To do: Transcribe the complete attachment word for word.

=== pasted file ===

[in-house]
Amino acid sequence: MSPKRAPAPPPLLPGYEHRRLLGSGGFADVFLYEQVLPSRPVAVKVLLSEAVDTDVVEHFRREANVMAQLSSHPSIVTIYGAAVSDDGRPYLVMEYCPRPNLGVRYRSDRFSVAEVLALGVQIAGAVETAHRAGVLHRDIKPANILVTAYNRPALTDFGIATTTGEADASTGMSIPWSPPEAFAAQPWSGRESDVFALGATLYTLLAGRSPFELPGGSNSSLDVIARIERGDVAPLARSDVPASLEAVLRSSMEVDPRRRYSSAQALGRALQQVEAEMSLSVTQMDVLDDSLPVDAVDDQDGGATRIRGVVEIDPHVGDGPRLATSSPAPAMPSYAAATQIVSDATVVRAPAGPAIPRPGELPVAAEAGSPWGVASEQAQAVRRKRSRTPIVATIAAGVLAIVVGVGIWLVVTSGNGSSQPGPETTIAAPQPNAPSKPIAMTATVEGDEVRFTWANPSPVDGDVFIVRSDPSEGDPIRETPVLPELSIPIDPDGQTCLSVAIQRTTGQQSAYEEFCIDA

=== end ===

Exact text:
[in-house]
Amino acid sequence: MSPKRAPAPPPLLPGYEHRRLLGSGGFADVFLYEQVLPSRPVAVKVLLSEAVDTDVVEHFRREANVMAQLSSHPSIVTIYGAAVSDDGRPYLVMEYCPRPNLGVRYRSDRFSVAEVLALGVQIAGAVETAHRAGVLHRDIKPANILVTAYNRPALTDFGIATTTGEADASTGMSIPWSPPEAFAAQPWSGRESDVFALGATLYTLLAGRSPFELPGGSNSSLDVIARIERGDVAPLARSDVPASLEAVLRSSMEVDPRRRYSSAQALGRALQQVEAEMSLSVTQMDVLDDSLPVDAVDDQDGGATRIRGVVEIDPHVGDGPRLATSSPAPAMPSYAAATQIVSDATVVRAPAGPAIPRPGELPVAAEAGSPWGVASEQAQAVRRKRSRTPIVATIAAGVLAIVVGVGIWLVVTSGNGSSQPGPETTIAAPQPNAPSKPIAMTATVEGDEVRFTWANPSPVDGDVFIVRSDPSEGDPIRETPVLPELSIPIDPDGQTCLSVAIQRTTGQQSAYEEFCIDA